Gross domestic product (GDP) implicit price deflator: The implicit price deflator, published by the U.S. Department of Commerce, Bureau of Economic Analysis, is used to convert nominal figures to real figures.

Gross energy intensity: Total consumption of a particular energy source(s) or fuel(s) by a group of buildings, divided by the total floor space of those buildings, including buildings and floor space where the energy source or fuel is not used, i.e., the ratio of consumption to gross floor space.

Gross gas withdrawal: The full-volume of compounds extracted at the wellhead, including nonhydrocarbon gases and natural gas plant liquids.

Gross generation: The total amount of electric energy produced by generating units and measured at the generating terminal in kilowatthours (kWh) or megawatthours (MWh).

Gross head: A dam's maximum allowed vertical distance between the upstream's surface water (headwater) forebay elevation and the downstream's surface water (tailwater) elevation at the tail-race for reaction wheel dams or the elevation of the jet at impulse wheel dams during specified operation and water conditions.

Gross inputs: The crude oil, unfinished oils, and natural gas plant liquids put into atmospheric crude oil distillation units.

Gross input to atmospheric crude oil distillation units: Total input to atmospheric crude oil distillation units. Includes all crude oil, lease condensate, natural gas plant liquids, unfinished oils, liquefied refinery gases, slop oils, and other liquid hydrocarbons produced from tar sands, gilsonite, and oil shale.

Gross national product (GNP): The total value of goods and services produced by the nation's economy before deduction of depreciation charges and other allowances for capital consumption. It includes the total purchases of goods and services by private consumers and government, gross private domestic capital investment, and net foreign trade.

Gross vehicle weight rating (GVWR): Vehicle weight plus carrying capacity.

Gross withdrawals: Full well stream volume, including all natural gas plant liquid and nonhydrocarbon gases, but excluding lease condensate. Also includes amounts delivered as royalty payments or consumed in field operations.

Gross working interest ownership basis: Gross working interest ownership is the respondent's working interest in a given property plus the proportionate share of any royalty interest, including overriding royalty interest, associated with the working interest.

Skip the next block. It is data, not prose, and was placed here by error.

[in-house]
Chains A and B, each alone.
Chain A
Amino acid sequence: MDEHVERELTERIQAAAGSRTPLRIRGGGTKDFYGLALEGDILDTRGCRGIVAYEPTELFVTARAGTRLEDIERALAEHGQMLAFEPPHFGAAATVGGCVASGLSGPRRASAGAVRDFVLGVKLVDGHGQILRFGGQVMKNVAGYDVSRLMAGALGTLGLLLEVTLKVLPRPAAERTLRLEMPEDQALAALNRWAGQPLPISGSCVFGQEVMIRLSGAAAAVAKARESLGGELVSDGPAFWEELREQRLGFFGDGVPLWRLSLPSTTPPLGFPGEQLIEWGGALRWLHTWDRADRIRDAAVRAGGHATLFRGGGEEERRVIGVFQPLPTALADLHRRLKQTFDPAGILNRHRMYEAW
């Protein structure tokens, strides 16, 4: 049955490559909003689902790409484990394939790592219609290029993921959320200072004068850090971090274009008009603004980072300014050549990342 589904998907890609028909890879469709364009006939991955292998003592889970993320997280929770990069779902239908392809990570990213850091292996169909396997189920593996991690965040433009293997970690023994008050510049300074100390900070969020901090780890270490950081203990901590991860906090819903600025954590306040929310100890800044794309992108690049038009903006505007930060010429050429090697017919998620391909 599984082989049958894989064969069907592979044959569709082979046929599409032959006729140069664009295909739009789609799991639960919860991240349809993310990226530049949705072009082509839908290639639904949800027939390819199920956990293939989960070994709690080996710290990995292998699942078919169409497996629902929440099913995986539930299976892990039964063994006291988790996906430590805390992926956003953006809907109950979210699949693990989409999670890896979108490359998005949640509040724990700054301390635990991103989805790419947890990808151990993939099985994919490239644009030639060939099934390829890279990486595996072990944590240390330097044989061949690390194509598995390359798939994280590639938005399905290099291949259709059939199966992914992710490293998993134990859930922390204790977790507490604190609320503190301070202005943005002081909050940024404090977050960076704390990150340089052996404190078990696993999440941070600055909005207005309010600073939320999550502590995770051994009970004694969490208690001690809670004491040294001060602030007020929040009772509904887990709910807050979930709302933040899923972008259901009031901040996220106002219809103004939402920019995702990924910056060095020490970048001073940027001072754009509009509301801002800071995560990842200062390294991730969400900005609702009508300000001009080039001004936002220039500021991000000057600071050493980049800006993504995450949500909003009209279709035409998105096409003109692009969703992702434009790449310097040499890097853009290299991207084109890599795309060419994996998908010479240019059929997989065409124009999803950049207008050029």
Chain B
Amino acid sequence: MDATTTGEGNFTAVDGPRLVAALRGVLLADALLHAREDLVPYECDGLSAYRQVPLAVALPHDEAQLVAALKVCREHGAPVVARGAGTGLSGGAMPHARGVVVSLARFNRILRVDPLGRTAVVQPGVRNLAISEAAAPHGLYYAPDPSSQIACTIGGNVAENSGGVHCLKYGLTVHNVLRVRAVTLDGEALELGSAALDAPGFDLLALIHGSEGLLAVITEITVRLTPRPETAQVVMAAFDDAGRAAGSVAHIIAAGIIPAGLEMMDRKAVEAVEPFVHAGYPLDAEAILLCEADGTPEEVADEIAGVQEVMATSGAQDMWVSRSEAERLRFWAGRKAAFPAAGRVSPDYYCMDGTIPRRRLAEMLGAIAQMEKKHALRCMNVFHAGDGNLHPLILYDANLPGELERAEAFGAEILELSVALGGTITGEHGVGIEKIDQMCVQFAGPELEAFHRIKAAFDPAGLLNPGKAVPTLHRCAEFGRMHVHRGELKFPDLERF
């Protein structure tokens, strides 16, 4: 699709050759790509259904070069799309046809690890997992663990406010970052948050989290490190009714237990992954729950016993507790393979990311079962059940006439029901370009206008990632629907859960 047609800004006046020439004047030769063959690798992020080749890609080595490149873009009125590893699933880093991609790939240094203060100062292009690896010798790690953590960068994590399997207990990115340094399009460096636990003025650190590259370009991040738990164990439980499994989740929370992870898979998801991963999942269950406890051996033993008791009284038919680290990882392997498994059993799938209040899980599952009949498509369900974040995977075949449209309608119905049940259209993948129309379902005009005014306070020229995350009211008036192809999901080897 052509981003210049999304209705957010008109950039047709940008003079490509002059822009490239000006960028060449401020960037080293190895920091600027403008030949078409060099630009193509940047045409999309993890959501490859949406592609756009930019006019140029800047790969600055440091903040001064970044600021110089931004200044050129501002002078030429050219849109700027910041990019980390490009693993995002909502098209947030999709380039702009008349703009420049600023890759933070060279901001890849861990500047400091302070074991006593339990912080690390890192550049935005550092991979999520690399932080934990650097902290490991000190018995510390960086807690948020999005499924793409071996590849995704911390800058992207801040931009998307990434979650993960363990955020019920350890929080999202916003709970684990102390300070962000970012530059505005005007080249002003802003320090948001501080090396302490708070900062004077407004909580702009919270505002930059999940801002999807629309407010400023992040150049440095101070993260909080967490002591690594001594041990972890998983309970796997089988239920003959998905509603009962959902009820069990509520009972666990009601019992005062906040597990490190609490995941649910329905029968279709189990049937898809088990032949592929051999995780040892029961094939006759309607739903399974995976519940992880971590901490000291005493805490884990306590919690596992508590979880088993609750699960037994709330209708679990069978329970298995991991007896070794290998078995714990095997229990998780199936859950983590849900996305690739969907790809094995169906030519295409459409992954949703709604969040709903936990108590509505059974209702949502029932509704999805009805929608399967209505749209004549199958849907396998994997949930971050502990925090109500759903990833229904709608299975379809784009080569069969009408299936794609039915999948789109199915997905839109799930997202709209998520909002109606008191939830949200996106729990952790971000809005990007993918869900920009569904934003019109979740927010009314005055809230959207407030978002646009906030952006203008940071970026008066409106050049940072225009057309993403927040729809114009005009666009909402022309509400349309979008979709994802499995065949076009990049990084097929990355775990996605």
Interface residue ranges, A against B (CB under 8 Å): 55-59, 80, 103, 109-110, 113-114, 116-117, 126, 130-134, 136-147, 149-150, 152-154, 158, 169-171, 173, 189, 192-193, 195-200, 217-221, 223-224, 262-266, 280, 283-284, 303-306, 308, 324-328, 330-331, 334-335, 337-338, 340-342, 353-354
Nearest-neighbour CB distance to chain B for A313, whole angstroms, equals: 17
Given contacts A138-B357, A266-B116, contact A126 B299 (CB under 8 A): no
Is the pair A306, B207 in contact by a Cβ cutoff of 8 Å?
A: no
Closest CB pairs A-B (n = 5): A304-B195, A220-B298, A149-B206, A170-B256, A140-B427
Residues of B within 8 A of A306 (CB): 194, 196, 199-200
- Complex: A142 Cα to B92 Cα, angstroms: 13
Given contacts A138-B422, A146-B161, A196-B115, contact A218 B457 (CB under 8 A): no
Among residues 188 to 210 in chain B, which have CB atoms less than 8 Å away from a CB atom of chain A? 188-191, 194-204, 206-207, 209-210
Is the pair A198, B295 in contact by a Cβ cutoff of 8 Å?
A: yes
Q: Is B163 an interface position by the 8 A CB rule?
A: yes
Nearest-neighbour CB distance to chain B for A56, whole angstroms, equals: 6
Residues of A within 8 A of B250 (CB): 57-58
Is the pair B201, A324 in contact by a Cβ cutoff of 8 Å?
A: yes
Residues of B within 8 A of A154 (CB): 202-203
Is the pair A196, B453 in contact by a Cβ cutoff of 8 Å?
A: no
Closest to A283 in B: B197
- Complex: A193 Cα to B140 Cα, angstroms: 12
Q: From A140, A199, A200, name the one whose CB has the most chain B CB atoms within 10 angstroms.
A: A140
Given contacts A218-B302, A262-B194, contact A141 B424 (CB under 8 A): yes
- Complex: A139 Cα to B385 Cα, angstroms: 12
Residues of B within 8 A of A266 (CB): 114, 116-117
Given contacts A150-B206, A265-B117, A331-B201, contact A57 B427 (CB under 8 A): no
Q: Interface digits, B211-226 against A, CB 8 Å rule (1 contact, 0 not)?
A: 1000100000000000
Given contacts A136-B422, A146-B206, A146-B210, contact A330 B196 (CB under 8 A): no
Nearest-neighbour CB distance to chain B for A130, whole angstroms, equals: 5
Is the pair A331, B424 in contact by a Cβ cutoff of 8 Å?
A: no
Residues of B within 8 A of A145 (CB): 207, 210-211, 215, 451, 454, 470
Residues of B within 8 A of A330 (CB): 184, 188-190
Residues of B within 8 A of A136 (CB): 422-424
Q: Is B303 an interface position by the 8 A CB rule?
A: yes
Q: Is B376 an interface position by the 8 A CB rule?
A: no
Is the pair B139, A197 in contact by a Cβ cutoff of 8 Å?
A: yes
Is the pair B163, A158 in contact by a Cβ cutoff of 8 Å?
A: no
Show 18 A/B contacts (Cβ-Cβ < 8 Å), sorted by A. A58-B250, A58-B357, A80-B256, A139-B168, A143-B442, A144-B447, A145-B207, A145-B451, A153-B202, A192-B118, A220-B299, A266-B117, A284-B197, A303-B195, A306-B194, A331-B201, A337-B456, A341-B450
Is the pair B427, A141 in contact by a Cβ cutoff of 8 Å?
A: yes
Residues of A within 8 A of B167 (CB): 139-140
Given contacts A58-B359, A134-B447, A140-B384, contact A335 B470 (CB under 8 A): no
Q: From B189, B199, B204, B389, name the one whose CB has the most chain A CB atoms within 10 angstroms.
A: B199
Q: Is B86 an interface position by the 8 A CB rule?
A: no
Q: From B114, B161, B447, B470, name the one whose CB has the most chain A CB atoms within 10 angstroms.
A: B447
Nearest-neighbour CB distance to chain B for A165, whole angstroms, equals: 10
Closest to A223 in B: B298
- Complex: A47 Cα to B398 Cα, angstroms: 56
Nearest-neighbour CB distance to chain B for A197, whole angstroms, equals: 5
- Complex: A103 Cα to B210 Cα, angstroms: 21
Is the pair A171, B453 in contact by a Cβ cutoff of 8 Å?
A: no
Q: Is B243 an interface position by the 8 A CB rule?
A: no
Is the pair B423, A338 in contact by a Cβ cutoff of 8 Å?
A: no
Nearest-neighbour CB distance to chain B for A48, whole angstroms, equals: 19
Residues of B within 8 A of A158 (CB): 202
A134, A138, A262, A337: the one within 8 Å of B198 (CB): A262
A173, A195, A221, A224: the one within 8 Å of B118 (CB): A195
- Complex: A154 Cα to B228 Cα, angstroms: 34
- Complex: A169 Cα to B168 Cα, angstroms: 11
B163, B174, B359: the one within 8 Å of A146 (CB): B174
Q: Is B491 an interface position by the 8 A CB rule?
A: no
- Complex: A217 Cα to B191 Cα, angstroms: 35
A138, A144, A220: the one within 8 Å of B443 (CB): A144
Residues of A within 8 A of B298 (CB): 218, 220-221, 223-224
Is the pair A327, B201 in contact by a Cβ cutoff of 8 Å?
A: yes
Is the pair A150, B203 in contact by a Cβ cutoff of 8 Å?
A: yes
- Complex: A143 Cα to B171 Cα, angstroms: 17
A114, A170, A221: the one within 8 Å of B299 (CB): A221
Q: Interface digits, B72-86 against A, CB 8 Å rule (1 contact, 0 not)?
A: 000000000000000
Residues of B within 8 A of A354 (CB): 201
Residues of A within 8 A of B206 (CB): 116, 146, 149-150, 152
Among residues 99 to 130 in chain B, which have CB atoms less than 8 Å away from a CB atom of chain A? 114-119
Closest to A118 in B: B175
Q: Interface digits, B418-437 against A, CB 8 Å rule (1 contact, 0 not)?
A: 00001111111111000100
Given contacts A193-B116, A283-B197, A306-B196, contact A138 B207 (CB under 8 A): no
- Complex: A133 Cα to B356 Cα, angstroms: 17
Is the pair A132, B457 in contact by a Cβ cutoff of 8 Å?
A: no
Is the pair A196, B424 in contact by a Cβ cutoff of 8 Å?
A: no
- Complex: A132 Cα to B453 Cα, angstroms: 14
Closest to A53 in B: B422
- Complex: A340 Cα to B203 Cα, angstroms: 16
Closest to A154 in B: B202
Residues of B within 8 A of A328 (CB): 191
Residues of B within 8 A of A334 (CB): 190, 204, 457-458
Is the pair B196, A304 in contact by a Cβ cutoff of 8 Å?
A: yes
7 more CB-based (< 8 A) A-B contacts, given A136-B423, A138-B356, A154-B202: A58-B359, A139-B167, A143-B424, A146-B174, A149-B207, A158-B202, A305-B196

Group: A group is a logical grouping of assemblies with similar characteristics. All assemblies in a group have the same initial average enrichment, the same cycle/reactor history, the same current location, the same burnup, the same owner, and the same assembly type.

Group name: The DOE/EIA-assigned name identifying a composite supply source (i.e., commonly metered gas streams from more than one field), which is often the case in contract areas, field areas, and plants. A group name can also be a pipeline purchase (i.e., FERC Gas Tariff, Canadian Gas, Mexican Gas, and Algerian LNG). Emergency purchases and short term purchases are also group names. Group Code - The DOE/EIA-assigned code identifying a composite supply source.

Group quarters: Living arrangement for institutional groups containing ten or more unrelated persons. Group quarters are typically found in hospitals, nursing or rest homes, military barracks, ships, halfway houses, college dormitories, fraternity and sorority houses, convents, monasteries, shelters, jails, and correctional institutions. Group quarters may also be found in houses or apartments shared by ten or more unrelated persons. Group quarters are often equipped with a dining area for residents.

GWe: See Gigawatt-electric above.

Gypsum: Calcium sulfate dihydrate (CaSO4 2H2O) a sludge constituent from the conventional lime scrubber process, obtained as a byproduct of the dewatering operation and sold for commercial use.


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This page was last modified 3-NOV-07